Sulfur Difluoride is an inorganic molecule made up of one Sulphur atom and two Fluorine atoms. It has a chemical formula of SF2 and can be generated by the reaction of Sulphur Dioxide and Potassium Fluoride or Mercury Fluoride. In this blog post, we will look at the Lewis dot structure of SF2, its molecular geometry and shape.
|Name of molecule||Sulfur Difluoride ( SF2)|
|No of Valence Electrons in the molecule||20|
|Hybridization of SF2||sp3 hybridization|
|Bond Angles||98 degrees|
|Molecular Geometry of SF2||Bent|
SF2 Valence electrons
For drawing the Lewis structure for any molecule, we first need to know the total number of valence electrons. So we will first find out the total valence electrons for Sulphur Difluoride.
Total number of valence electrons for SF2 – Valence electrons of Sulphur + Valence electrons of Fluorine
Sulfur has six valence electrons in its outer shell.
Fluorine has seven valence electrons.
Total number of valence electrons for SF2 – 6 + 7*2 ( as there are two atoms of Fluorine, we will multiply the number by 2)
= 6 + 14
= 20 valence electrons
So, Sulphur Difluoride has a total of 20 valence electrons.
SF2 Lewis Structure
Lewis Structure is the pictorial representation of the arrangement of valence electrons around the individual atoms in the molecule. And now that we know the total valence electrons of SF2, we will start making the Lewis Dot Structure for this molecule.
Firstly, place the Sulphur atom in the centre as it is less electronegative than Fluorine. So it will be in the central position with both these Fluorine atoms on the terminal ends.
Fluorine atoms need one valence electron to complete its octet so it will share one valence electron of the Sulphur atom. So both the Fluorine atoms form a single bond with the Sulphur atom by sharing one valence electron of the Sulphur atom.
Each bond uses up two valence electrons so here four valence electrons are used from 20 valence electrons. As octets of Fluorine atoms are complete, put six valence electrons around each Fluorine atom. So a total of 16 valence electrons are used.
And Sulfur atom has four valence electrons that do not participate in bond formation and hence it is called lone pair or nonbonding pair of electrons. So in the Lewis Structure of SF2, there are single bonds between Sulphur and Fluorine atoms with two lone pairs of electrons on the central Sulphur atom.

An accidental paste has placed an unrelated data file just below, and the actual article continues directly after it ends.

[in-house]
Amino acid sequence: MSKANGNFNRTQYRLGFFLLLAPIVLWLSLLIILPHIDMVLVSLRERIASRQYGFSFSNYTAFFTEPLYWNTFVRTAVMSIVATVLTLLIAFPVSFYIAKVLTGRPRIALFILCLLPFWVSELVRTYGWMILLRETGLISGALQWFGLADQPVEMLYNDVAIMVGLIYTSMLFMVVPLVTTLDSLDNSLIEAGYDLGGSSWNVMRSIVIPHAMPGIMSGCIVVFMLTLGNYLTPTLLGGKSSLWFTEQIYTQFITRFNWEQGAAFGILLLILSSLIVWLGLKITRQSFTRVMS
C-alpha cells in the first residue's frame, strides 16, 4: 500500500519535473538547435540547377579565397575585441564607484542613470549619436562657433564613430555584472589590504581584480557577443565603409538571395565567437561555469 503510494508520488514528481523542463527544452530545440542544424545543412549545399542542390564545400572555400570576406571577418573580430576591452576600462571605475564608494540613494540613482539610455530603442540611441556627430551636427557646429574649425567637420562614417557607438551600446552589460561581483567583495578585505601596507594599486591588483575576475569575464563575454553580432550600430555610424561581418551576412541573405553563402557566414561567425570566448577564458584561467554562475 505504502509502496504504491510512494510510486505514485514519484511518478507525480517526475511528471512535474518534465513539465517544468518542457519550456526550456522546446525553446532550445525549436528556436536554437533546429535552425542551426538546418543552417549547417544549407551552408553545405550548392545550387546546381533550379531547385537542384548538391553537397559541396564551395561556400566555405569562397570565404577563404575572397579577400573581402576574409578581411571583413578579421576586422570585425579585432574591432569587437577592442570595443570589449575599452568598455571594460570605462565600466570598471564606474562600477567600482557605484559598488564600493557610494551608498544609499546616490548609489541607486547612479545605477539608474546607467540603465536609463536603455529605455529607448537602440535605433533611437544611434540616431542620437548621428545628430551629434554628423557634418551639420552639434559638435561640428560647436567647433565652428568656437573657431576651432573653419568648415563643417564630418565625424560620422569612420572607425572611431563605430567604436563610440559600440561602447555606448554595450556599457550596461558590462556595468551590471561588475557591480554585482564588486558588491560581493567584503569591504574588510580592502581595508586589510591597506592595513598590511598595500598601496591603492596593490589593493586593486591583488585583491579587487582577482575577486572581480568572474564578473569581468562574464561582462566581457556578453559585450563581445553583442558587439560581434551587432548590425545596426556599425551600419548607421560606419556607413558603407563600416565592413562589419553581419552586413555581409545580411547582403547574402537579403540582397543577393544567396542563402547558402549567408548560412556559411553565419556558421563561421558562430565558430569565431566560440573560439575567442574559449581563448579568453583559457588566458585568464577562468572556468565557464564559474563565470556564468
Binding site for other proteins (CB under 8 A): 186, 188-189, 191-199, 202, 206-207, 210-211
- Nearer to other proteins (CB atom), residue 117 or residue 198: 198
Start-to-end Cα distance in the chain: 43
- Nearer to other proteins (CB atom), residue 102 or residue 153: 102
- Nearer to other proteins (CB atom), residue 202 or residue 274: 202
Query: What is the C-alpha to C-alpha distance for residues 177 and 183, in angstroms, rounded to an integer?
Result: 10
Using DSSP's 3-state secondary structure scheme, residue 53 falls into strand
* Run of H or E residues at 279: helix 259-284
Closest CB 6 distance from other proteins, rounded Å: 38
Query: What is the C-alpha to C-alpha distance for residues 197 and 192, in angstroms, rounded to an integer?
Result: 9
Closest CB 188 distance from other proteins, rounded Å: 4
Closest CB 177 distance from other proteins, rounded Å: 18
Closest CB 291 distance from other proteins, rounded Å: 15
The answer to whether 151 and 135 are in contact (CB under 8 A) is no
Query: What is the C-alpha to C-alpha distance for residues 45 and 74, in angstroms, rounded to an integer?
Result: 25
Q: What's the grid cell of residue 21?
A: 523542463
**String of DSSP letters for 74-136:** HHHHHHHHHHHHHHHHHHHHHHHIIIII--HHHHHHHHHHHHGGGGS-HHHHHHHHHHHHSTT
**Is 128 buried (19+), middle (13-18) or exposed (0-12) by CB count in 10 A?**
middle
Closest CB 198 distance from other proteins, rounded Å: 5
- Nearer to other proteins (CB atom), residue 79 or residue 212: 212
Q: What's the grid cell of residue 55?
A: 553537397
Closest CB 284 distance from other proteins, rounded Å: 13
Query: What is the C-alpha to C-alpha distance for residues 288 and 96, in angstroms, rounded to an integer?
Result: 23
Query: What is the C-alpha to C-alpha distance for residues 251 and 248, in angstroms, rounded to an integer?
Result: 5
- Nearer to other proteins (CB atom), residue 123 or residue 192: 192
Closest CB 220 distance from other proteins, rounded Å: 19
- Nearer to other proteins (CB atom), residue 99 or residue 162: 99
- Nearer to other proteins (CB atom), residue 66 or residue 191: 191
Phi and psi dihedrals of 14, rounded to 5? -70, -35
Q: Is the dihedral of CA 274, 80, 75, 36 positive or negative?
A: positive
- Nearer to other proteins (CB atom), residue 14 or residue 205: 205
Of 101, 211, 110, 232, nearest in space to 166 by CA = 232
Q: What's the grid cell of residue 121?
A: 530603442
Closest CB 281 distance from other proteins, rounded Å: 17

To find out the Hybridization of this molecule, we will consider the two numbers of atoms and the total number of lone electron pairs bonded to the molecule. Here, if we look at the Sulphur atom, it is bonded with two atoms and has two electrons pairs. We get the final number 4, which corresponds to sp3 Hybridization. In fact, both Fluorine atoms are also sp3 hybridized. So, SF2 has sp3 Hybridization.
SF2 Molecular Geometry
The molecular geometry of the molecule depends on the Lewis structure and the arrangement of valence electrons in the structure. The sulfur atom has two bonding pairs of electrons and two nonbonding pairs of electrons that represent the VSEPR notion of AX2E2, which corresponds to an angular/non-linear or bent molecular geometry. So Sulfur Difluoride has a bent molecular geometry.
In the Lewis Structure of SF2, the central atom forms two bonds with two Fluorine atoms and has two lone pairs of electrons. The two lone pairs of electrons push the Fluorine atoms downwards due to the repulsive forces, and as a result, the shape of this molecule is bent.
Hence, SF2 is a bent-shaped molecule due to the presence of lone pairs on the Sulphur atom.
SF2 Bond Angles
The molecules with linear geometry have bond angles of 180 degrees but here as the shape of the molecule is bent due to the lone pairs on the Sulphur atom, both Fluorine atoms are pushed downwards, deviating the bond angle of F-S-F from 180 to 98 degrees.
Is SF2 polar or nonpolar?
To determine the polarity of any molecule, we check for the following factors:
- Presence of lone pairs
- The shape of the molecule
- The difference in electronegativities of atoms
- Net Dipole moment in the molecule
Sulfur Difluoride has a bent molecule geometry having two single bonds and two lone pairs of electrons. These lone pairs of electrons distort the shape of the molecule, and hence it is non-linear. As these lone pairs try to keep their repulsive forces minimal, they push down the Fluorine atoms.
Due to the presence of the lone pairs, there is symmetry in the molecule. And as a result, the charges will not be evenly distributed, increasing the chances of the polarity in the molecule.
When we compare Sulphur and Fluorine atoms’ electronegativities, the value of electronegativity of Sulphur is 2.58 and for Fluorine is 3.98. So here the difference of the electronegativities of both these atoms is much higher than 0.5, which makes the S-F bonds polar. And due to this vast difference in electronegativity, there will be a dipole moment between Sulphur and Fluorine atoms. The direction of the dipole moment will be from the Sulphur atom towards the Fluorine atom, as here Fluorine will try to pull the shared electrons to itself.
As this molecule is not linear, the dipole moments on both sides are not canceled out, resulting in the non-zero net dipole moment of the molecule. Hence, SF2 has poles in the molecule, where there are partial negative charges on the Fluorine atom and partial positive charges on the Sulfur atom which makes SF2 a polar molecule.
To summarise this blog, we can say that,
- SF2 has a simple Lewis structure in which the Sulphur atom is in the centre forming single bonds with both the Fluorine atoms.
- There are two lone pairs of electrons on the Sulphur atom which makes the geometry of the molecule bent.
- The Sulphur atom has sp3 Hybridization, and the bond angle of F-S-F is 98 degrees.
- It is a polar molecule as there is a net dipole moment in the molecule.